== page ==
What a sublime afternoon at the theatre. The revival of Stephen Sondheim/Hugh Wheeler musical A Little Night Music is about as perfect as a musical can get. This show, in its first revival since its 1973 premiere, has super star power casting with Catherine Zeta-Jones showing that her singing and dancing isn’t only for the big screen. Angela Landsbury is also back on stage for her second time in 2009 playing Catherine’s mother. Alexander Hanson came to Broadway from the acclaimed London production and favorites Erin Davie (Grey Gardens) and Aaron Lazar (The Light in the Piazza) are also on board.
Romantic triangles and entanglements abound in this show, based on the Ingmar Bergman film Smiles of a Summer Night, about an aging actress, Desiree Armfeldt (played by Zeta-Jones). She finds herself renewing a romance with a married lawyer (Hanson) when she grows tired of her blustering soldier lover (Lazar), and the lawyer grows impatient with his resistant virginal child-bride (Ramona Mallory, making her Broadway debut). Everything falls apart, and fixed up, during an eventful weekend in the country. Two classic Sondheim tunes come out of this show, including “Send in the Clowns,” (heartbreakingly sung by Zeta-Jones), “Every Day a Little Death” (sung by Davie, who is the wife of the cheating soldier).
It was a major thrill to see Landsbury in a musical role. She’s got one solo in the show with the very witty “Liaisons” in Act One, but she also is in some of the ensemble numbers as well. This is her first musical on Broadway since she was in the 1983 revival of Mame. Of course, this is not her first Sondheim. She won a Tony for her performance as Mrs. Lovett in 1979’s Sweeney Todd and prior to that, in 1974, she won a Tony as Mama Rose in that year’s revival of Gypsy. Her first Sondheim came back in 1964 with the very short-lived Anyone Can Whistle. It’s a highlight of the year to have seen Landsbury in both her roles this year, the first in this spring’s revival of Blithe Spirit.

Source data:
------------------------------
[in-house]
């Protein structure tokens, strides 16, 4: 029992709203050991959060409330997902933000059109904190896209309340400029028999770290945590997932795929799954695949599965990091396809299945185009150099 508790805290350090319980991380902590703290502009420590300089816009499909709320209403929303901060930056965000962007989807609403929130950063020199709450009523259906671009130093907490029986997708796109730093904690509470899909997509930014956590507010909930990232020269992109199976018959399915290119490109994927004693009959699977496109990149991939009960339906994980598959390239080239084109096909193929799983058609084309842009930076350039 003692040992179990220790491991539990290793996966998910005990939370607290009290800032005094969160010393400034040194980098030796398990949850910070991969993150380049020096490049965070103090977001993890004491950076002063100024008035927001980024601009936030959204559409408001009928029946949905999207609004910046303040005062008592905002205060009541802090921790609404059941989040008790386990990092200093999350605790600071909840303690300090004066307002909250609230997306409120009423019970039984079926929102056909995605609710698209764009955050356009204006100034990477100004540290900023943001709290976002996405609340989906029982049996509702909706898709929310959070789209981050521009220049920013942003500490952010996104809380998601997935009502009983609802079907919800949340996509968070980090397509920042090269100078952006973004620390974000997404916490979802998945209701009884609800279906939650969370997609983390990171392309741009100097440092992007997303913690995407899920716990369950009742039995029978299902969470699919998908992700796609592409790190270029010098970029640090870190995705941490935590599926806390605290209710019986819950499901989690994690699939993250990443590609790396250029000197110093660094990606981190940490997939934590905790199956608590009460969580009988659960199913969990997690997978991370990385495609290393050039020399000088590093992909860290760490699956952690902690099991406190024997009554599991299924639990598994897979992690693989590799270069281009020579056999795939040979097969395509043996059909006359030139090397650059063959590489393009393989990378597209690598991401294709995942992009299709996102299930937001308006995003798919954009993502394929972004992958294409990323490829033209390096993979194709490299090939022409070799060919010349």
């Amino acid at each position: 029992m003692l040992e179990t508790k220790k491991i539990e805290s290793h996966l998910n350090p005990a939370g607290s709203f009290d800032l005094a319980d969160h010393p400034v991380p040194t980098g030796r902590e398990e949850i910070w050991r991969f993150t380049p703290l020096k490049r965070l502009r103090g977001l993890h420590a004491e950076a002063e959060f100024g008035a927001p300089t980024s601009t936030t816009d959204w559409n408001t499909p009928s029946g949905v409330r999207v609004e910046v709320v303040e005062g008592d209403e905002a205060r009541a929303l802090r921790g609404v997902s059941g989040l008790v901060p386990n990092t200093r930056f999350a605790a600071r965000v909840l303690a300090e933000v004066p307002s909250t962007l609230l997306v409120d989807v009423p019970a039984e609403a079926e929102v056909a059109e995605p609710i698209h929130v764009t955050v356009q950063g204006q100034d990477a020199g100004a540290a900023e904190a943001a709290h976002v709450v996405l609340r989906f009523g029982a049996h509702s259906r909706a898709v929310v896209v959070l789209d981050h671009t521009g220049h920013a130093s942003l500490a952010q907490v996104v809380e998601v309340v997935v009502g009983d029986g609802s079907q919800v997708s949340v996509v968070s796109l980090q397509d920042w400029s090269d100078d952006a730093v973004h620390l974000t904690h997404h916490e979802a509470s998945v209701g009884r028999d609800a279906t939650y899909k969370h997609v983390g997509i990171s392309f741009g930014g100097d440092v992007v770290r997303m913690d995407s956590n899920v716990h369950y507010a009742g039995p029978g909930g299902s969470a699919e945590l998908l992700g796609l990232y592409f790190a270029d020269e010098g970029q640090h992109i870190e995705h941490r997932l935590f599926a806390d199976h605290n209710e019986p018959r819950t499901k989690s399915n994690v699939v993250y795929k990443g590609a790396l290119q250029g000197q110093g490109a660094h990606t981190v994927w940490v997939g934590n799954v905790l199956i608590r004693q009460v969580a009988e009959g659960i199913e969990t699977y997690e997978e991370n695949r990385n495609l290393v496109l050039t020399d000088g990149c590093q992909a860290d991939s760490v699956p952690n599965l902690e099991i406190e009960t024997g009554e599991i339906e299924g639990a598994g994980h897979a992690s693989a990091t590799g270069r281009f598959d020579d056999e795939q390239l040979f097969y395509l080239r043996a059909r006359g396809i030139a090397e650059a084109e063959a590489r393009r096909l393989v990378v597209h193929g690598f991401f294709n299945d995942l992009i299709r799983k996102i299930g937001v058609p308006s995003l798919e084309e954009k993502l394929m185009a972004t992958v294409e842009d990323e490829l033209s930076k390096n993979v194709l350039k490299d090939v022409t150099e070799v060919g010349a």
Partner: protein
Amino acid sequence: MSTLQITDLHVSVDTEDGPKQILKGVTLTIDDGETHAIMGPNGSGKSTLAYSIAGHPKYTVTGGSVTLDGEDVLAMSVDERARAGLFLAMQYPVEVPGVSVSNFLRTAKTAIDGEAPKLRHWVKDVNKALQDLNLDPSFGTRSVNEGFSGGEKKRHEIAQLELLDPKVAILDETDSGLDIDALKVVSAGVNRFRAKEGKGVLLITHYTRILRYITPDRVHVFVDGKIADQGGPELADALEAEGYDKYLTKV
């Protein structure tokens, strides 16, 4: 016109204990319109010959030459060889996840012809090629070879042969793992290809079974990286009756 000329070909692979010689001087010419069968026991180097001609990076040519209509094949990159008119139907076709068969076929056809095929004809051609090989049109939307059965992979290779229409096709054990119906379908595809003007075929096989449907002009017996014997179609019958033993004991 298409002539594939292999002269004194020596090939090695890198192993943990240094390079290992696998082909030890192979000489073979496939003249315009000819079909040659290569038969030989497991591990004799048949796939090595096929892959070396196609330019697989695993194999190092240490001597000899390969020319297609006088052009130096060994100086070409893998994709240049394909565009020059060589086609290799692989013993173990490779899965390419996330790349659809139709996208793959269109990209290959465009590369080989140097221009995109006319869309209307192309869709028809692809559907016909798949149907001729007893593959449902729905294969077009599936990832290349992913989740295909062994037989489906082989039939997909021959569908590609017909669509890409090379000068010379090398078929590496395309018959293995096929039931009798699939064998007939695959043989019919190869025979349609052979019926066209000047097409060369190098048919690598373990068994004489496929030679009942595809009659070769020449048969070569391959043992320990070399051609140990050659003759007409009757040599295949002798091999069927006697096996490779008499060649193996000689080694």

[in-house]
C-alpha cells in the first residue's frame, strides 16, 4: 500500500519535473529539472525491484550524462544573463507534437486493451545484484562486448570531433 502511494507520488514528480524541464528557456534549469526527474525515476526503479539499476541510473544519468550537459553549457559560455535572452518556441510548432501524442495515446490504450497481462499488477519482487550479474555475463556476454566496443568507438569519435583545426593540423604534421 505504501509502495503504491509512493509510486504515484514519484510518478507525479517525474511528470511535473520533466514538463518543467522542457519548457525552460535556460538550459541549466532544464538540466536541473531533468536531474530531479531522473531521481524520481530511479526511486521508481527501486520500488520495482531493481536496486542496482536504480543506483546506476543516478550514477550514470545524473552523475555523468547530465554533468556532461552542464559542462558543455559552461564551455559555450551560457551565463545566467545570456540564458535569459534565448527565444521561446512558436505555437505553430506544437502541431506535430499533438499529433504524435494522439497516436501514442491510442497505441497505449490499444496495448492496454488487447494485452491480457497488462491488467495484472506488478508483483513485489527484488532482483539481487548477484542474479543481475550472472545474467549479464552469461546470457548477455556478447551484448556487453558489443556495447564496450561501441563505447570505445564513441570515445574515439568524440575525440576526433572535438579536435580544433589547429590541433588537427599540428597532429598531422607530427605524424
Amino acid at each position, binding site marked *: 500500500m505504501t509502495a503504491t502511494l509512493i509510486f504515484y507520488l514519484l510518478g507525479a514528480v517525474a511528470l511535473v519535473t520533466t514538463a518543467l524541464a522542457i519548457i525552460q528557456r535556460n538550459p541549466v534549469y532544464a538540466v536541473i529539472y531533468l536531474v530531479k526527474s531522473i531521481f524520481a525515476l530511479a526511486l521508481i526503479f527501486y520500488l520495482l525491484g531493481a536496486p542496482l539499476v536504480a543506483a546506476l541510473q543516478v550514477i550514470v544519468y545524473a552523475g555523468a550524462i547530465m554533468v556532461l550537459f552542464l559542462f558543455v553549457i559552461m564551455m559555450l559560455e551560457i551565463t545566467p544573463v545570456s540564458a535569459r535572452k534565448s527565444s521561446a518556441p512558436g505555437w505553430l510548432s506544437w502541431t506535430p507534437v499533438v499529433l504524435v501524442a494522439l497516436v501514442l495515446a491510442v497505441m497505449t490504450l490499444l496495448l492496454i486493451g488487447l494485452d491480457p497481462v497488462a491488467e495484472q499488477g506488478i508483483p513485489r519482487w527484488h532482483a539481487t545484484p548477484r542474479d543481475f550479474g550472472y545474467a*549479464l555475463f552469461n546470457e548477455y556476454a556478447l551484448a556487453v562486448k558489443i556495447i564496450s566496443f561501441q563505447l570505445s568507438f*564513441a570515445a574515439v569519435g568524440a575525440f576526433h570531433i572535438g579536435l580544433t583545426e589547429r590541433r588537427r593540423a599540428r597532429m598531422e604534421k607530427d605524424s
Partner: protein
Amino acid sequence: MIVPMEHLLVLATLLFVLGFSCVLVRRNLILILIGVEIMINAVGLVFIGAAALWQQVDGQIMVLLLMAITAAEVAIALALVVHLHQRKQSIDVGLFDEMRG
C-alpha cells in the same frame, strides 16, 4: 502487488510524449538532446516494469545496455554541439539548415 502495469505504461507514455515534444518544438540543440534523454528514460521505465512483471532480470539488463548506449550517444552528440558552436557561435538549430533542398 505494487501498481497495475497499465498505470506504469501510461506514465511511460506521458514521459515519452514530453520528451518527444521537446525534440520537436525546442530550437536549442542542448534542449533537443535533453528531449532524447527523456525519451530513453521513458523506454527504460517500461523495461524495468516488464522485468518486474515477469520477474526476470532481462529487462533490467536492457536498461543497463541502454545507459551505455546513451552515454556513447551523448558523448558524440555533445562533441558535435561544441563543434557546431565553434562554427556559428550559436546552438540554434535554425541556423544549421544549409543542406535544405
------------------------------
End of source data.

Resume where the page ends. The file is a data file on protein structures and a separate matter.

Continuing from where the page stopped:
Like many Sondhiem revivals of the past couple years (Sweeney Todd, Company, Sunday in the Park With George), this one is considerably paired down, which is surprising since Trevor Nunn is at the helm. Nunn’s responsible for some of the biggest of the big musicals, including Les Miserables and Nicholas Nickleby. Here he captures the intimacy in this show keeping the set and props minimal so the actors and the story can shine.
With across the board excellent performances, it seems a sure thing this production will be up for a number of awards come Tony time.
In honor of this production, a few different looks at “Send in the Clowns,” starting with this Zeta-Jones’s (which I presented here a few weeks ago)
A bizzaro disco version from Grace Jones, circa 1977
From the 1977 film version, starring Elizabeth Taylor (this includes the scene leading up to the song with the song starting at about 4:53. My question: How did she get cast in this movie?)
Lastly, Judi Dench from a benefit concert. She does a fantastic version. Maybe when Zeta-Jones is finished, Dench can come do a stint in the show.
And, lastly, here’s a look at Landsbury from this production with “Liaisons”
Thanks for the great review. I wish we could get to NYC to see it! The videos are fun, but here’s one more that includes my first time seeing Send in the Clowns-before I knew it came from a musical. The song starts about 3 and a half minutes into the video: http://www.youtube.com/watch?v=xSkKjywFrCY
Eeeek. Have I mentioned I can be freaked out by clowns?
Seriously though, I think Judy Collins is the first person I heard sing that song. I don’t think I ever saw that version until now though.